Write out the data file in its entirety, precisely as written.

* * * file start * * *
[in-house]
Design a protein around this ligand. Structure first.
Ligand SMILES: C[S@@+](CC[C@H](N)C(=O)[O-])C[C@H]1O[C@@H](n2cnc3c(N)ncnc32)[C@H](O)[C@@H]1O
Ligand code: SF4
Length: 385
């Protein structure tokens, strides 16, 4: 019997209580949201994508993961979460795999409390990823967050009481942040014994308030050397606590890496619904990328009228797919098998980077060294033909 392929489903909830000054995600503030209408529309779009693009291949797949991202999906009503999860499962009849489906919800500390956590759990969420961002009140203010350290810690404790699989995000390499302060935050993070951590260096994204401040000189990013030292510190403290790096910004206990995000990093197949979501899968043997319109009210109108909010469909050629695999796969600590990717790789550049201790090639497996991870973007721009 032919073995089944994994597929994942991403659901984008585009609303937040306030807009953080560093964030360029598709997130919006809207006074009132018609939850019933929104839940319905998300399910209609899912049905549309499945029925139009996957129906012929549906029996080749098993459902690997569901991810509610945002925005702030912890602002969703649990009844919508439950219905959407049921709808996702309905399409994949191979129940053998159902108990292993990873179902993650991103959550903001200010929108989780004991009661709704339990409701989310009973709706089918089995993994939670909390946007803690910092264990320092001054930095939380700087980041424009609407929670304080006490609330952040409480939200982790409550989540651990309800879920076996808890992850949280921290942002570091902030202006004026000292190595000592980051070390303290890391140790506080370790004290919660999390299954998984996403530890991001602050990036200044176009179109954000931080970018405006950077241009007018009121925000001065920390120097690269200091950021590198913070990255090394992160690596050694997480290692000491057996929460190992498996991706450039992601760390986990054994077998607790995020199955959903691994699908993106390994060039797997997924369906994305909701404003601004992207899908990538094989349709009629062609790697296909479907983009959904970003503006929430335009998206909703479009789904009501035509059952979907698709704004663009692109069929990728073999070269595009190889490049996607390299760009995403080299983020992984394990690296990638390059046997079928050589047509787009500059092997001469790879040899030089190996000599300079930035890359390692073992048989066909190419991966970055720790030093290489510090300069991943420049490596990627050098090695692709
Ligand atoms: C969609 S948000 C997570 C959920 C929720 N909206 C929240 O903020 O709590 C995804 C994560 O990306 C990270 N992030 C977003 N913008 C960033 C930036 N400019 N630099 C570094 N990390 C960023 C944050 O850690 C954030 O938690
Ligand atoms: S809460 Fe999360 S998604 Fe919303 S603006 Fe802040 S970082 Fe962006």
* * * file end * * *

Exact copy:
[in-house]
Design a protein around this ligand. Structure first.
Ligand SMILES: C[S@@+](CC[C@H](N)C(=O)[O-])C[C@H]1O[C@@H](n2cnc3c(N)ncnc32)[C@H](O)[C@@H]1O
Ligand code: SF4
Length: 385
């Protein structure tokens, strides 16, 4: 019997209580949201994508993961979460795999409390990823967050009481942040014994308030050397606590890496619904990328009228797919098998980077060294033909 392929489903909830000054995600503030209408529309779009693009291949797949991202999906009503999860499962009849489906919800500390956590759990969420961002009140203010350290810690404790699989995000390499302060935050993070951590260096994204401040000189990013030292510190403290790096910004206990995000990093197949979501899968043997319109009210109108909010469909050629695999796969600590990717790789550049201790090639497996991870973007721009 032919073995089944994994597929994942991403659901984008585009609303937040306030807009953080560093964030360029598709997130919006809207006074009132018609939850019933929104839940319905998300399910209609899912049905549309499945029925139009996957129906012929549906029996080749098993459902690997569901991810509610945002925005702030912890602002969703649990009844919508439950219905959407049921709808996702309905399409994949191979129940053998159902108990292993990873179902993650991103959550903001200010929108989780004991009661709704339990409701989310009973709706089918089995993994939670909390946007803690910092264990320092001054930095939380700087980041424009609407929670304080006490609330952040409480939200982790409550989540651990309800879920076996808890992850949280921290942002570091902030202006004026000292190595000592980051070390303290890391140790506080370790004290919660999390299954998984996403530890991001602050990036200044176009179109954000931080970018405006950077241009007018009121925000001065920390120097690269200091950021590198913070990255090394992160690596050694997480290692000491057996929460190992498996991706450039992601760390986990054994077998607790995020199955959903691994699908993106390994060039797997997924369906994305909701404003601004992207899908990538094989349709009629062609790697296909479907983009959904970003503006929430335009998206909703479009789904009501035509059952979907698709704004663009692109069929990728073999070269595009190889490049996607390299760009995403080299983020992984394990690296990638390059046997079928050589047509787009500059092997001469790879040899030089190996000599300079930035890359390692073992048989066909190419991966970055720790030093290489510090300069991943420049490596990627050098090695692709
Ligand atoms: C969609 S948000 C997570 C959920 C929720 N909206 C929240 O903020 O709590 C995804 C994560 O990306 C990270 N992030 C977003 N913008 C960033 C930036 N400019 N630099 C570094 N990390 C960023 C944050 O850690 C954030 O938690
Ligand atoms: S809460 Fe999360 S998604 Fe919303 S603006 Fe802040 S970082 Fe962006």